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Compulite Vector Violet and Ultra Violet

PLSN Staff • Product Spotlight • August 6, 2010

One of the earliest automated lighting consoles on the market was called the Animator. It was very advanced for its time, but it never gained the widespread popularity it deserved in North America, probably because it had limited distribution. The company that designed and built that console is Compulite. For many people in the industry, Compulite is a recognizable name with recognizable products; to others it's still a bit of a mystery. The company has met with appreciable success around the world and now they are re-establishing their North American connections through the distribution of Creative Stage Lighting. Compulite is a prominent exhibitor at all the major trade shows, but in case you haven't had the opportunity to demo their latest in console products, here's a quick look at the Violet line of compact, portable consoles.

 

The Compulite Family

 

The Vector Violet and Ultra Violet consoles are part of the family of Compulite's top-of-the-line consoles that include the Vector Red, Vector Blue, Vector Green, Vector Orange, and the Vector PC. They all share the same operating system but each has a unique hardware design. Violet and Ultra Violet are both self-contained consoles (with the exception of optional extra monitors or touchscreens) that pack up like a slightly oversized laptop. But don't be fooled by their size. They are very powerful consoles that are deep in set up options, allowing you to configure the hardware to maximize its function.

 

The Violet has four DMX universes of output with another four universes available through the Ethernet port, and it has a DMX input to control devices on the network using another control source. It also outputs VC (Compulite native protocol), ArtNet and ACN as well as MIDI, MIDI Show Control and SMPTE time code. The VC protocol can be used to connect to visualizers, media servers, and to control Compulite devices like dimmers, ePort (Ethernet-to-DMX), and eSync (remote connection to MIDI and SMPTE). In addition to using the Ethernet port to output DMX, it can also be used to connect multiple consoles on a single network to share programming and playback duties. Up to eight consoles can be networked at a time.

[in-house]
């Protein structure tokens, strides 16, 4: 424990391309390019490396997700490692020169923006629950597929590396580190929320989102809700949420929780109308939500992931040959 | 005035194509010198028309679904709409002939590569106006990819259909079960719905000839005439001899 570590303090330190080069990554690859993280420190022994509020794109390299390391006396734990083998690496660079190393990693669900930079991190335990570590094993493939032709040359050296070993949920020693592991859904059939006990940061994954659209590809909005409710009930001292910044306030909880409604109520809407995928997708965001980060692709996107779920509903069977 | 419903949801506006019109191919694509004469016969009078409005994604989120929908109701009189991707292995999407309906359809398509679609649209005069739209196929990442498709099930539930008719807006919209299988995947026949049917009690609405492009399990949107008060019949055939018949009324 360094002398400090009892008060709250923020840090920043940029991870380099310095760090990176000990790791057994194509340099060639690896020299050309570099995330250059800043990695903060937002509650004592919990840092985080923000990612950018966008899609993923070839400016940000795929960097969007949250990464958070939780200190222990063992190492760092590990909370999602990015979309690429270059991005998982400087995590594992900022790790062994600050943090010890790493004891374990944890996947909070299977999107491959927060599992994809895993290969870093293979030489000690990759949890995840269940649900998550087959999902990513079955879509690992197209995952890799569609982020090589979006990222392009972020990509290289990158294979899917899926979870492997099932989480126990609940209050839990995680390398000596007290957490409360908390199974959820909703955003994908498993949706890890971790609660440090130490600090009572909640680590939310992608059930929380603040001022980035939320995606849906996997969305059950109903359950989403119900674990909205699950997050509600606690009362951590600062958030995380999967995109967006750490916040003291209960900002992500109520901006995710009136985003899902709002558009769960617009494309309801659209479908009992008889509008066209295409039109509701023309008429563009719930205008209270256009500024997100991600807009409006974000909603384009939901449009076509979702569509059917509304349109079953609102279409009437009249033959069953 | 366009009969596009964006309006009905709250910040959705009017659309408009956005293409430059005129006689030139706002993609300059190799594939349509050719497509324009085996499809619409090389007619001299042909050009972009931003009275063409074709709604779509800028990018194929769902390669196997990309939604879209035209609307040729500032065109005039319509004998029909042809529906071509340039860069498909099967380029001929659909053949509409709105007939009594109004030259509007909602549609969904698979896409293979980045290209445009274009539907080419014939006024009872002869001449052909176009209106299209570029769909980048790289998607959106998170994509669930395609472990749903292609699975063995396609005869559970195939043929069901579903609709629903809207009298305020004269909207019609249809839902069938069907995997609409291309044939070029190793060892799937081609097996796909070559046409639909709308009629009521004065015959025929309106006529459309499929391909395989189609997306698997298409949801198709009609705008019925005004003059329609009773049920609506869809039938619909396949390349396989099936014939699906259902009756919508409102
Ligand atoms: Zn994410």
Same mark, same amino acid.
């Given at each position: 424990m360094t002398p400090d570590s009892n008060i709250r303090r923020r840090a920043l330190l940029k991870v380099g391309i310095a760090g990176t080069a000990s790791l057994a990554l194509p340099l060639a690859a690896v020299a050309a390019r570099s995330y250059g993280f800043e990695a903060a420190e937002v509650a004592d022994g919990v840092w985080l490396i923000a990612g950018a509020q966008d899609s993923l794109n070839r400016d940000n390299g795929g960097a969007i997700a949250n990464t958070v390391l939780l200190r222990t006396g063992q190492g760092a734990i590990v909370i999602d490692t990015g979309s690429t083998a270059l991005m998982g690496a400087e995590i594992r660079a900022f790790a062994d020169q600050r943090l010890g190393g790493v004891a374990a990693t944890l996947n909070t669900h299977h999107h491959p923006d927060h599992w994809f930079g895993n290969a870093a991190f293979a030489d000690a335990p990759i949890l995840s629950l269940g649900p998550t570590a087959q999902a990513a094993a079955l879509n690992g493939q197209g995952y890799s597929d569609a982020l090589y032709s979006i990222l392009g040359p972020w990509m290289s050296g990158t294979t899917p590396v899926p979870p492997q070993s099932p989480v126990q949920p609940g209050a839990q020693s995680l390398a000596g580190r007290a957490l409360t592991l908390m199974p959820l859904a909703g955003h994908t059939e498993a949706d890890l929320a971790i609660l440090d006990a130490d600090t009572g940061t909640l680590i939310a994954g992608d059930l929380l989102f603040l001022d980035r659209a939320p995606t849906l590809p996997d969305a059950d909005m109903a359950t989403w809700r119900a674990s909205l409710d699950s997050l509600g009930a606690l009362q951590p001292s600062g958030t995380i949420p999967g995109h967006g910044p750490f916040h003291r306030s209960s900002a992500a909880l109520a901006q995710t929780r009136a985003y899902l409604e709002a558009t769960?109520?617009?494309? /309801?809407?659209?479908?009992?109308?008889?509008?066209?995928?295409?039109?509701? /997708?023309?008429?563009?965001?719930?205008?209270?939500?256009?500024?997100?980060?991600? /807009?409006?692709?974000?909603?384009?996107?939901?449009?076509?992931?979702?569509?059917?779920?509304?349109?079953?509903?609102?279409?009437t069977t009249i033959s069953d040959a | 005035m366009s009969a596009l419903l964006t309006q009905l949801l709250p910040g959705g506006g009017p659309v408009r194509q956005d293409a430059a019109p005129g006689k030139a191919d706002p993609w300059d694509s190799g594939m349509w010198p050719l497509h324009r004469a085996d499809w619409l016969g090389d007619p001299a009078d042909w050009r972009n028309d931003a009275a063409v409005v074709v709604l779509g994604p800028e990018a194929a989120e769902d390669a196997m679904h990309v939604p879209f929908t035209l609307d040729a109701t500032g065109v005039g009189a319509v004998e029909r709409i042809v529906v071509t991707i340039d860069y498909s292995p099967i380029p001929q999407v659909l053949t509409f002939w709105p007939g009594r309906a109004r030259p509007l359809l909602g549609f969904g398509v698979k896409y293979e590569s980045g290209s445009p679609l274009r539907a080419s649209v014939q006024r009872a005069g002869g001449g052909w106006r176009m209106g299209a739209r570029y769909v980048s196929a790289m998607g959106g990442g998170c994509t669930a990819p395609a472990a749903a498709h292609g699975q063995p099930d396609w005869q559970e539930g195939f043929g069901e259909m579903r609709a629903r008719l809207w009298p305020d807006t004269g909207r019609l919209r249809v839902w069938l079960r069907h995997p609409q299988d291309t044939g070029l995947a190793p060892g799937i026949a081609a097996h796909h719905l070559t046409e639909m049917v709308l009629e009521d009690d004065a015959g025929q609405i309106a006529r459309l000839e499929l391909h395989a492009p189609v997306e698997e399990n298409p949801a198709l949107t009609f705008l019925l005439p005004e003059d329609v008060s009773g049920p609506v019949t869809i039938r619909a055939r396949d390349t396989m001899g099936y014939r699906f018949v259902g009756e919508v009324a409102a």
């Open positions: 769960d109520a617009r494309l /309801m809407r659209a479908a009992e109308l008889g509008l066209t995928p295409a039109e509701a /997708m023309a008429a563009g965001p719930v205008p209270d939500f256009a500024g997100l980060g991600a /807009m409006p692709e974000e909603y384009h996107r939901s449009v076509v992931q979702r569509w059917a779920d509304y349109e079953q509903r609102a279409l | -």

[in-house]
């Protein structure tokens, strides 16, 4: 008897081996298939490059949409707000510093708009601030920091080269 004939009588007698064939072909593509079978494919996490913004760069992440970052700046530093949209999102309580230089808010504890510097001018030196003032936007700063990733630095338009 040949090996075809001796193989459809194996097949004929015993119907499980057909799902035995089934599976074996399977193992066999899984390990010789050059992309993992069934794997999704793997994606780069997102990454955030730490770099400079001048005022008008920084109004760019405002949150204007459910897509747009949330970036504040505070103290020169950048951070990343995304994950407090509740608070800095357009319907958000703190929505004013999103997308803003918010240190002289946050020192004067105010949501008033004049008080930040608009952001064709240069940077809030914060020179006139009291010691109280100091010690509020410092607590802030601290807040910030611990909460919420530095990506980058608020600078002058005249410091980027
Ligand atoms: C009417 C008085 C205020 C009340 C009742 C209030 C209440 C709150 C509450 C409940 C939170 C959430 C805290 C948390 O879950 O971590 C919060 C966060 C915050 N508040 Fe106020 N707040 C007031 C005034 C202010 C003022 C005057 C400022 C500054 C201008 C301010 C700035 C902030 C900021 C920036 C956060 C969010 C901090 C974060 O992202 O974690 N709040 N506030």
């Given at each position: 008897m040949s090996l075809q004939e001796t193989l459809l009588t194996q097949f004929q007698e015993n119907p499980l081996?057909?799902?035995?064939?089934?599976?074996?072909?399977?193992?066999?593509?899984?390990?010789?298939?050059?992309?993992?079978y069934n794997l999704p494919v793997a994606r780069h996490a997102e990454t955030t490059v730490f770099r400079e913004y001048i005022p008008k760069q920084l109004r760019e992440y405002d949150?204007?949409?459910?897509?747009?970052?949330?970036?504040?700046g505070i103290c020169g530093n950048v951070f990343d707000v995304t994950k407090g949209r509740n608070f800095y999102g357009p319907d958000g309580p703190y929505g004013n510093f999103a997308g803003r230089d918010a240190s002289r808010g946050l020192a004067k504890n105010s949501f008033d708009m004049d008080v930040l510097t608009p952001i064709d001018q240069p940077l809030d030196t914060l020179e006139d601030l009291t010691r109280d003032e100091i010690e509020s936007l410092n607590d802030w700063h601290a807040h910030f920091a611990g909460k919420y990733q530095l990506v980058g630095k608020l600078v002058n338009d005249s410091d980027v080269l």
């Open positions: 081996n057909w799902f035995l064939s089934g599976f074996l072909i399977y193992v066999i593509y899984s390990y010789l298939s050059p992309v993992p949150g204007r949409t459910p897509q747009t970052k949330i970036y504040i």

Both consoles have a 7-inch TFT color touch screen to aid in programming, but in practice, it can be a bit challenging to rely on this small screen for your primary display. That's where the 15.4-inch TFT wide touchscreen built into the Ultra Violet comes in handy. This display folds down for travel and the hardshell case protects the console like a road case. It also has one external video display port to connect a second monitor or touchscreen. And although the Violet doesn't have the larger display, it does have two external video display ports, so it can be set up with just as much video real estate as the Ultra Violet.

 

Both the Violet and the Ultra Violet have 20 100mm playback faders, six encoder wheels, and a built-in trackball. It also has a numeric keypad and associated buttons and the command line shows up on your displays, making it easy to keep track of your keystrokes. But one of the nice things about this line of consoles is that you can use touchscreen displays and you can customize the layout of the screens. That allows you to set up your console the way you're used to programming or the way you are most comfortable. You can also set up a "topographical map" or a plan view of the fixture layout, which makes it easy to quickly select fixtures for programming or playback.